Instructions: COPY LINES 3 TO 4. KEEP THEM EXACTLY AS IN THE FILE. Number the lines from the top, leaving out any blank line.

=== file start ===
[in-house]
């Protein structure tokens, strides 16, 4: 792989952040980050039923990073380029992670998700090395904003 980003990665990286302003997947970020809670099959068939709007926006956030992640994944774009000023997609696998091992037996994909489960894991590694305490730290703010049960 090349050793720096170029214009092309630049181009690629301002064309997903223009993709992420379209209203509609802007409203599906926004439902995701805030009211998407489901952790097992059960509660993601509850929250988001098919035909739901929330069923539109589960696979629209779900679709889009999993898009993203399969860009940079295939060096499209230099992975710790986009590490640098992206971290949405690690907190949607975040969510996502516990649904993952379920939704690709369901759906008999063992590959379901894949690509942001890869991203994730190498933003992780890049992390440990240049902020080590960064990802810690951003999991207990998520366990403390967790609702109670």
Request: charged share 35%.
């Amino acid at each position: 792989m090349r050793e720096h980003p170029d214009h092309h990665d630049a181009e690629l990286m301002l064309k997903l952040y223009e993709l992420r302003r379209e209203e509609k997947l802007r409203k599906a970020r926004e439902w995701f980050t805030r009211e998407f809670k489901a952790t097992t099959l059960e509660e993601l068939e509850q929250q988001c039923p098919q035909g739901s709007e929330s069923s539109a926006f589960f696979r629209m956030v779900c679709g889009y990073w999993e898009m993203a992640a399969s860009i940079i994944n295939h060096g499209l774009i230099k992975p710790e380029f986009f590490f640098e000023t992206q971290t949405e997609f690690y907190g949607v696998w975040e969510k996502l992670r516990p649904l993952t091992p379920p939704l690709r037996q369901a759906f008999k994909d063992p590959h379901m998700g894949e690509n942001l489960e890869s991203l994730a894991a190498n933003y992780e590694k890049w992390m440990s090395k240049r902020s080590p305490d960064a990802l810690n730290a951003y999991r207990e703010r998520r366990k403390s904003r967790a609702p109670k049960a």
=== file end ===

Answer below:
Request: charged share 35%.
């Amino acid at each position: 792989m090349r050793e720096h980003p170029d214009h092309h990665d630049a181009e690629l990286m301002l064309k997903l952040y223009e993709l992420r302003r379209e209203e509609k997947l802007r409203k599906a970020r926004e439902w995701f980050t805030r009211e998407f809670k489901a952790t097992t099959l059960e509660e993601l068939e509850q929250q988001c039923p098919q035909g739901s709007e929330s069923s539109a926006f589960f696979r629209m956030v779900c679709g889009y990073w999993e898009m993203a992640a399969s860009i940079i994944n295939h060096g499209l774009i230099k992975p710790e380029f986009f590490f640098e000023t992206q971290t949405e997609f690690y907190g949607v696998w975040e969510k996502l992670r516990p649904l993952t091992p379920p939704l690709r037996q369901a759906f008999k994909d063992p590959h379901m998700g894949e690509n942001l489960e890869s991203l994730a894991a190498n933003y992780e590694k890049w992390m440990s090395k240049r902020s080590p305490d960064a990802l810690n730290a951003y999991r207990e703010r998520r366990k403390s904003r967790a609702p109670k049960a």